Silicon Valley –
fire pump testing
Serving the Silicon Valley cities of San Jose, Campbell, Santa Clara, Sunnyvale, Cupertino, Mountain View, Palo Alto, Menlo Park, Redwood City, Morgan Hill, Gilroy, Salinas, Milpitas, Fremont, Union City, Hayward, San Mateo, Hollister
Some of the properties we SERVICE in the Silicon Valley…
Is your fire pump working at maximum efficiency? Get it tested to find out.
When it comes to understanding the fire safety system you have installed in your building in Silicon Valley, there are a lot of different components to consider. The fire pump is not the least of them. It is essential as it increases the water flow rate, making it easier to access plenty of water to extinguish fires anywhere in your building.
It goes without saying then that your fire pump system needs to work when it is called on in the event of a fire. To ensure that happens, it needs to be properly inspected and tested according to the latest NFPA fire pump testing requirements.
That is just one of the things we do as one of the most experienced and reputable fire protection service providers in Silicon Valley.
What is a fire pump?
Fire pumps are used in water-based fire protection systems. They help to distribute water throughout the sprinkler system so every part of the building is protected in case of a fire.
Fire pumps are responsible for increasing the water pressure in order to reach the pressure demand for the building or space they’re used in. For high-rise buildings or expansive spaces like warehouses that we might see in Silicon Valley or around the Bay Area, if the existing water supply cannot provide adequate pressure to deliver water along all parts of the sprinkler system, a fire pump is required.
How fire pumps work
Fire pumps work by taking the water available from the Silicon Valley water supply and increasing the pressure. This stored energy allows water to be distributed along the sprinkler lines throughout the building.
Fire pumps are typically powered by electricity or diesel fuel. They are connected to the external water supply so that levels are not affected by the building’s water use. Some fire pumps can be connected to a water source like a well or reservoir of water for that purpose.
Types of fire pumps
Different types of fire pumps may be used to address space and budget constraints. Fire pumps must also not excessively pressurize the water or they could damage the system. There are two main types of fire pumps:
Positive displacement fire pumps use a limited flow of water to create high pressure, pushing the pressurized water through the discharge line in waves. They are less common but sometimes used with water mist and foam systems.
Centrifugal fire pumps create pressure by spinning water. Water enters and is rotated by the impeller, where centrifugal force is applied. The pressurized water is then discharged into the sprinkler lines. This type of fire pump is more common and has several different configurations in order to accommodate different spaces or structures.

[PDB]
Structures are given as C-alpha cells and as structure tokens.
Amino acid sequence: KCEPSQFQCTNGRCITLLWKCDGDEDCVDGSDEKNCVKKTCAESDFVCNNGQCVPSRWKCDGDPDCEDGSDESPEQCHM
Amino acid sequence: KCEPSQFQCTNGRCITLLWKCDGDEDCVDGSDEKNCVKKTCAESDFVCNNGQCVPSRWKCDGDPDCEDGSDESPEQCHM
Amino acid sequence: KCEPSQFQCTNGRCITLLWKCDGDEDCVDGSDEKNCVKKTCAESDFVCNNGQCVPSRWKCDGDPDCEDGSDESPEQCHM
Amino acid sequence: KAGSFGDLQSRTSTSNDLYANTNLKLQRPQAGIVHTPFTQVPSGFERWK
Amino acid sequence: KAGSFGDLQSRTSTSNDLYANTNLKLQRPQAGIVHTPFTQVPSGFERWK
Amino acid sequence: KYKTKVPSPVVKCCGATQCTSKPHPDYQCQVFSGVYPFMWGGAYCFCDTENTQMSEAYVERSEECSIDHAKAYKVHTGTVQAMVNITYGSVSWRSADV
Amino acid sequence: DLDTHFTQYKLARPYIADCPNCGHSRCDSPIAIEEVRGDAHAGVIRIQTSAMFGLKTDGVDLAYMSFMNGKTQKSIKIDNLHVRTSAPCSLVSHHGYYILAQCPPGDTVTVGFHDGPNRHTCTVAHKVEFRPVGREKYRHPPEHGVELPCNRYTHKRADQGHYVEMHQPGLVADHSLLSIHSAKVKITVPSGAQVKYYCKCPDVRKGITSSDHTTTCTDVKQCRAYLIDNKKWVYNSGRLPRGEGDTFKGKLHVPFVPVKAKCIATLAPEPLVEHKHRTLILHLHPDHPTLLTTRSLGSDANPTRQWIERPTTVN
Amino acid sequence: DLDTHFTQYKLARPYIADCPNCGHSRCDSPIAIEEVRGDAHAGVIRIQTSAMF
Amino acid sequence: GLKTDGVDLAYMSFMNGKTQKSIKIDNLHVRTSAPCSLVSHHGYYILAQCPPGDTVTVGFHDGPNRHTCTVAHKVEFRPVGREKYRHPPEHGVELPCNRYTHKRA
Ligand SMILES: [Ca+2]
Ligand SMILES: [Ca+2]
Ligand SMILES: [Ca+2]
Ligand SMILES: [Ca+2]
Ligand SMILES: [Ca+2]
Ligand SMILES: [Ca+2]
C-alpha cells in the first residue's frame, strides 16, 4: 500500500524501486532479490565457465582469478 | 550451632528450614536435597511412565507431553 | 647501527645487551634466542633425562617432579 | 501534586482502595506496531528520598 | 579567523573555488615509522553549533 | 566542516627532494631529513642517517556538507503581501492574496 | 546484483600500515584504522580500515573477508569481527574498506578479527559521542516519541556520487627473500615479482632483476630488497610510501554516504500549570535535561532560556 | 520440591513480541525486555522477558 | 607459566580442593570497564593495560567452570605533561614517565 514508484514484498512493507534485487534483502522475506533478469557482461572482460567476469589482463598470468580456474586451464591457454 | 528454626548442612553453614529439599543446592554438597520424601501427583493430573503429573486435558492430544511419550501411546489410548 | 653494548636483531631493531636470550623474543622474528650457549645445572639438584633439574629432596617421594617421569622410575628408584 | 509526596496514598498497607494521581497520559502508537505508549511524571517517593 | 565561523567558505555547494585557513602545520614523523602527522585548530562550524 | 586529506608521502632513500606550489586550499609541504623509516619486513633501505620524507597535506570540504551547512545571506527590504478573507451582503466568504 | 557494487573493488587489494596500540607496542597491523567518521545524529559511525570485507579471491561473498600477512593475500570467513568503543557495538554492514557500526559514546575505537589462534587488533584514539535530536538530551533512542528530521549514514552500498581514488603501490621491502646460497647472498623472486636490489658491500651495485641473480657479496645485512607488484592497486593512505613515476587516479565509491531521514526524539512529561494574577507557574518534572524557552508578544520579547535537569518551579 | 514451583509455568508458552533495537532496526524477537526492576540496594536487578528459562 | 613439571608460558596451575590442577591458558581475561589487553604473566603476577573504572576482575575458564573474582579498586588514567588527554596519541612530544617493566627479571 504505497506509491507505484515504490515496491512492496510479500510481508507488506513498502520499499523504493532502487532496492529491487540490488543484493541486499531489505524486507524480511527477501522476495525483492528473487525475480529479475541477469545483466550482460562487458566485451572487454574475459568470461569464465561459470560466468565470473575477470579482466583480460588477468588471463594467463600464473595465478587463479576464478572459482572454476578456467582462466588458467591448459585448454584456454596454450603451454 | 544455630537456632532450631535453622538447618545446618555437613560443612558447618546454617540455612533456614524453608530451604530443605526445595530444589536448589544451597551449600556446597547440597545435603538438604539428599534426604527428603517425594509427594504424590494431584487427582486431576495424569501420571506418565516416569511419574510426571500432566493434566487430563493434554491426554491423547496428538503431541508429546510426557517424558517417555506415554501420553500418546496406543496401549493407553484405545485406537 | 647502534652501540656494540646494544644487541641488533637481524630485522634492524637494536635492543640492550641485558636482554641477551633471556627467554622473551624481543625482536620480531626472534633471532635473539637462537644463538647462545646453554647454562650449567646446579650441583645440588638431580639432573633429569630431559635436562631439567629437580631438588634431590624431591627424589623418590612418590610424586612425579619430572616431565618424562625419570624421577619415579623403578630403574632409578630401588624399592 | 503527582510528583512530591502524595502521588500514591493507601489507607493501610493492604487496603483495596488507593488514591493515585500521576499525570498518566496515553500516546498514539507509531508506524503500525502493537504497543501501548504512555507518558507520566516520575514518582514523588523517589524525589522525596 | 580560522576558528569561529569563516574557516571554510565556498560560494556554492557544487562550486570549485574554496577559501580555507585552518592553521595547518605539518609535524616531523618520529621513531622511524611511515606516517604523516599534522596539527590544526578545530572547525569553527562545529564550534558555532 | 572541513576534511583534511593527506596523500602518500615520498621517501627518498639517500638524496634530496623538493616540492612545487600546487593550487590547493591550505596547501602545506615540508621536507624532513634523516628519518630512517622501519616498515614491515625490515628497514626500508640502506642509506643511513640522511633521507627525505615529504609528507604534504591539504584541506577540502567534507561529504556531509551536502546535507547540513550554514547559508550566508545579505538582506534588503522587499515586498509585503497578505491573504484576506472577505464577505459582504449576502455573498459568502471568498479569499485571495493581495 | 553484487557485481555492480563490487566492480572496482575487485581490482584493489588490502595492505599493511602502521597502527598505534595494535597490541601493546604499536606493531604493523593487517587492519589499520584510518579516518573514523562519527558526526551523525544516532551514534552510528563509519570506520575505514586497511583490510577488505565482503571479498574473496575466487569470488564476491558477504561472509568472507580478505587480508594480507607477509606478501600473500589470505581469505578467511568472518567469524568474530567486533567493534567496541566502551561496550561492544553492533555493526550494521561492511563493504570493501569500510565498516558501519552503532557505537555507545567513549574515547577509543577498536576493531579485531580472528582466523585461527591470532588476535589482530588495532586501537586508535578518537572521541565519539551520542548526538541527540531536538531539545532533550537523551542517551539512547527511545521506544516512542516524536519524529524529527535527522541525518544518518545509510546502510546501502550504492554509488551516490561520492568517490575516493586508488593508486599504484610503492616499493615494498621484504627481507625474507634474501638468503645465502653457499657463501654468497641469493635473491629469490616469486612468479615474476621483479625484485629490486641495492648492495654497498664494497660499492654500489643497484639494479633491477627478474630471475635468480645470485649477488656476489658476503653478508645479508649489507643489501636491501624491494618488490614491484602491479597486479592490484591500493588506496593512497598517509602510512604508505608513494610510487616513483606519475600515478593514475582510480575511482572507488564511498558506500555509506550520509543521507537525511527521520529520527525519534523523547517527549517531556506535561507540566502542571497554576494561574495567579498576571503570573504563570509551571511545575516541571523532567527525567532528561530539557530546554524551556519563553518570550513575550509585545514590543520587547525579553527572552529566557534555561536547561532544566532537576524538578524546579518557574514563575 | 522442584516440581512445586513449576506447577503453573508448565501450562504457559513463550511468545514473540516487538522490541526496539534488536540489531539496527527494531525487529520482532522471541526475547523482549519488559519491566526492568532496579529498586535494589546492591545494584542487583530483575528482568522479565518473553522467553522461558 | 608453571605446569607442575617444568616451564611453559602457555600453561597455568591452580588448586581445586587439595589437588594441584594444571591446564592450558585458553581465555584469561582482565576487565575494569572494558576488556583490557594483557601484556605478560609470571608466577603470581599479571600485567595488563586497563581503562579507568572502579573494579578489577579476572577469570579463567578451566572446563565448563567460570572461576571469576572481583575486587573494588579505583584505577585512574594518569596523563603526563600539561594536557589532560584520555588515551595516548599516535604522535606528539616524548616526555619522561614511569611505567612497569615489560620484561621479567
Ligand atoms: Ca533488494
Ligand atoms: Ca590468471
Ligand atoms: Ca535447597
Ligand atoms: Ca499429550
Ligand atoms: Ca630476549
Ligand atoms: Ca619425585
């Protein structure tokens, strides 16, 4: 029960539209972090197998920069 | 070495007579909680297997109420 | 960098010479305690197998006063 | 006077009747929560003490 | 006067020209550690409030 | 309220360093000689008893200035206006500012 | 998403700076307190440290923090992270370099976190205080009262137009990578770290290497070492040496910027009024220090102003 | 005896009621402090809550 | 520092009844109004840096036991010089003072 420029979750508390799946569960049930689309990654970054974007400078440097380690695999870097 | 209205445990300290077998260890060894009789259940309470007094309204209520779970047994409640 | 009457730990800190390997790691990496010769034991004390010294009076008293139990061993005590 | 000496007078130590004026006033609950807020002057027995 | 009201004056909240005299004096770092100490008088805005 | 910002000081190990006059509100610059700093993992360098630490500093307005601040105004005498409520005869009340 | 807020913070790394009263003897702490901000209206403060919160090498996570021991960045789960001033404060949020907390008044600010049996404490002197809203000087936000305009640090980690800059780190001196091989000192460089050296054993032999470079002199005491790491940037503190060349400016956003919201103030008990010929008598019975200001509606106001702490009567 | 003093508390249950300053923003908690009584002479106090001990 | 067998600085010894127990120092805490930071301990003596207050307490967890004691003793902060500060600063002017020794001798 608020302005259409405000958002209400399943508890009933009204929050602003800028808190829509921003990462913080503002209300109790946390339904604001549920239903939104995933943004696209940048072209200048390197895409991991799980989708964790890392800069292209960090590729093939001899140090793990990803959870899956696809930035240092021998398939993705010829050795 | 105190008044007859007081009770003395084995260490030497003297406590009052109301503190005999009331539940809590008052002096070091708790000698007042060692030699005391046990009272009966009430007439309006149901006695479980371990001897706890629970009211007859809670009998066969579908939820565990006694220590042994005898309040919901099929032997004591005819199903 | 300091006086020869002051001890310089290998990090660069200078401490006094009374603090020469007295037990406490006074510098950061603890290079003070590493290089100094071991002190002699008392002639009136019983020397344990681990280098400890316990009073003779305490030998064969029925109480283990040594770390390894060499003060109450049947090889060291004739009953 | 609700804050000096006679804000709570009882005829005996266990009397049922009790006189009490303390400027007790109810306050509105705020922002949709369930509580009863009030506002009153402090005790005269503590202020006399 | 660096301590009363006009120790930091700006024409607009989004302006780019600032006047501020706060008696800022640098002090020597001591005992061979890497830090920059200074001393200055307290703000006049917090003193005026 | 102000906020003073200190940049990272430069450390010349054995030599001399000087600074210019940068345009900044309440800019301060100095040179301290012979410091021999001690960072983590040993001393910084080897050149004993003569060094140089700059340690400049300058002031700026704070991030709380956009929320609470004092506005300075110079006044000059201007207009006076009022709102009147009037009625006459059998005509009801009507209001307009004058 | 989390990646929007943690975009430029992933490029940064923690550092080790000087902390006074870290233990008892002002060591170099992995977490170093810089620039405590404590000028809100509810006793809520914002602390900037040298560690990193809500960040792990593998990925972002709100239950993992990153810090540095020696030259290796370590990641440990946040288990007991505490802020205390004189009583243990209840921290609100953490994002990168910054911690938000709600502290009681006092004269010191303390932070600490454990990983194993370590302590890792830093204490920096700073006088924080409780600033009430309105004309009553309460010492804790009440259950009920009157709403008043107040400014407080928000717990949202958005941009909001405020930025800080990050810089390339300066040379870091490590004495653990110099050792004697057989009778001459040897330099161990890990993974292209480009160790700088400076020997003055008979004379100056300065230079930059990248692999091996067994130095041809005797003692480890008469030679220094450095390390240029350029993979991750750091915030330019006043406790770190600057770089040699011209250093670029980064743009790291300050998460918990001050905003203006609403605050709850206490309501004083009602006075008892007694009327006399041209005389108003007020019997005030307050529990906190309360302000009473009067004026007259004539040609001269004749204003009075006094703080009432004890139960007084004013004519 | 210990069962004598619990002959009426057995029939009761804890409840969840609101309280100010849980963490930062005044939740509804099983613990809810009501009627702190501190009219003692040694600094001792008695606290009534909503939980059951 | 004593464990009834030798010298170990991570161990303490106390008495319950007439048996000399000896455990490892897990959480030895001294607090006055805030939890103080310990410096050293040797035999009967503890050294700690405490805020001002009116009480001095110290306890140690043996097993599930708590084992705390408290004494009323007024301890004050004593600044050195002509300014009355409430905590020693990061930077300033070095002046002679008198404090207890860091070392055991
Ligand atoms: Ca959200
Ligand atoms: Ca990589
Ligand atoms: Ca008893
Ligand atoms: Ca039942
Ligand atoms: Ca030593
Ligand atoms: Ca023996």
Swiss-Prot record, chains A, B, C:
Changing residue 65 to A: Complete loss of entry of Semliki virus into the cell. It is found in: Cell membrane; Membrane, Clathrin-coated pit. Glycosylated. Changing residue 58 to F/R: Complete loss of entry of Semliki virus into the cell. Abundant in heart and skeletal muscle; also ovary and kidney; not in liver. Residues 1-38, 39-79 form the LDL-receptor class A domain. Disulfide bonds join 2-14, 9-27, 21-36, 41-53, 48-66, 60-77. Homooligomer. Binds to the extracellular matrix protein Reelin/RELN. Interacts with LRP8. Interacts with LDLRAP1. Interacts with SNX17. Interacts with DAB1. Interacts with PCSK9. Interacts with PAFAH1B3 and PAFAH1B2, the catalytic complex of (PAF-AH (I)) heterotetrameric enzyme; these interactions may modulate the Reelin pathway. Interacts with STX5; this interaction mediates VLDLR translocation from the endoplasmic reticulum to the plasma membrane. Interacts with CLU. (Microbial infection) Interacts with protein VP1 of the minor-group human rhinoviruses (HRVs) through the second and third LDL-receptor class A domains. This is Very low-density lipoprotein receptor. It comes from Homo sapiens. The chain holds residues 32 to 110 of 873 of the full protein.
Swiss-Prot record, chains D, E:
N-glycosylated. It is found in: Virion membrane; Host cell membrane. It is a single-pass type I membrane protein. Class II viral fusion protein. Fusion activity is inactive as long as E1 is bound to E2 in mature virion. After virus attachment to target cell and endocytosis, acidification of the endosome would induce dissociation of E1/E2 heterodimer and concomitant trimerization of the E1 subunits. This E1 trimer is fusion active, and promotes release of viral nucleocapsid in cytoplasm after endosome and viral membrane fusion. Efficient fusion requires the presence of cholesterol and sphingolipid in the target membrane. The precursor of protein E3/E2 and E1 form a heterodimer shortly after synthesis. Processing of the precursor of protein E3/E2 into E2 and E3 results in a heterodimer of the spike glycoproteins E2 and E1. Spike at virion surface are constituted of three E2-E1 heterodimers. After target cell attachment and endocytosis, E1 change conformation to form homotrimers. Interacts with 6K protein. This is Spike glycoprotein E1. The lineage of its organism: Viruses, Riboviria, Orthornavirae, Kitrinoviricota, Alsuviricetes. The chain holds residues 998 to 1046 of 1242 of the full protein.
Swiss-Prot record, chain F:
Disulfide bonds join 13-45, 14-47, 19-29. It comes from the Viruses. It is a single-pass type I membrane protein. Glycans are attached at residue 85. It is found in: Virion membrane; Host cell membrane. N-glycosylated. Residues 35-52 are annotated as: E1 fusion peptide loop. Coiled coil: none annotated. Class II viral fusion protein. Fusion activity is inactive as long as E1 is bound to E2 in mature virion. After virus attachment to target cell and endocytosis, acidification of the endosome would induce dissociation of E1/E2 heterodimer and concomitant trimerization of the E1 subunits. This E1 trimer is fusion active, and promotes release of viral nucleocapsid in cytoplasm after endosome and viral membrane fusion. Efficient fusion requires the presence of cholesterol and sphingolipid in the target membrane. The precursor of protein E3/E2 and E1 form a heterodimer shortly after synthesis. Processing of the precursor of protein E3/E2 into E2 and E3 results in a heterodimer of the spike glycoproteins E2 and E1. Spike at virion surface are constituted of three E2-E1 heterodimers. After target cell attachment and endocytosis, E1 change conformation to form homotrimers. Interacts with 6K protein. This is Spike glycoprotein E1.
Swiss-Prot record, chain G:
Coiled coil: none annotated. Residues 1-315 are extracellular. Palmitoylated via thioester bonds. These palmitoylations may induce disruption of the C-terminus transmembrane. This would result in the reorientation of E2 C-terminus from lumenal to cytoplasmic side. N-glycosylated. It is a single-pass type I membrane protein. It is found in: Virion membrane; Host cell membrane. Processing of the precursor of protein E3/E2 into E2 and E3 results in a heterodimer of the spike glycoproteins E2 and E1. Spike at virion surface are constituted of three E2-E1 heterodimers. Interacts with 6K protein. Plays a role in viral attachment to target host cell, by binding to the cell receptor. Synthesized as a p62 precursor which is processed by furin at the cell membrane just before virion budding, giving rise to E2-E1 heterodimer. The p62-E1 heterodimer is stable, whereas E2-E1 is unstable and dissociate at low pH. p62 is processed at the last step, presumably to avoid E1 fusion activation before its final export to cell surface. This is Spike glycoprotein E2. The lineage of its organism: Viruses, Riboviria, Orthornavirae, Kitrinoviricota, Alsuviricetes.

A few of the most common configurations include:
- Horizontal split-case fire pump
- Vertical turbine fire pump
- In-line fire pump
- End suction fire pump
- Multistage multiport fire pump
How often are fire pumps required to be tested?
The fire pump flow or churn test is required by NFPA 25 to be conducted once a year in order to measure the pump’s flow and pressure.
The test should be performed by attaching hoses to the discharge test header. The hoses are run to a safe location where the flow of water will cause no damage. Pressure readings are taken as the pump is run through its various stages. These test results are compared to the factory specifications and the test results from previous years. If there is a significant reduction in the pump’s performance, further examination is needed to make the necessary repairs.
Monthly no-flow tests:
The tests are required on all electric pumps. This test involves isolating control valves, dropping the pressure so the pump starts automatically and running the pump for a minimum of 10 minutes.
Weekly no-flow tests:
Weekly tests are required on all diesel fire pumps. This test involves isolating control valves, dropping the pressure so the pump starts automatically and running the pump for a minimum of 30 minutes.
NOTE: Do not forget to get your fire sprinklers tested and inspected as well. It doesn’t help if you have water from the pump but no water coming out of the sprinklers. Fire hydrants should also be inspected routinely.
Why choose Nor-Cal Fire for your fire pump tests
Proper and efficient fire pump service for your Northern California or Bay Area commercial or residential building in Silicon Valley ensures the building, its contents, and its occupants are safe and secure in the event of a fire. At Nor-Cal Fire Protection, we have the tools, skills, and expertise required to keep your building safe and code-compliant.
If your fire systems don’t work due to lack or pressure due to a poor performing pump, we provide the skills and services you need to gain peace of mind.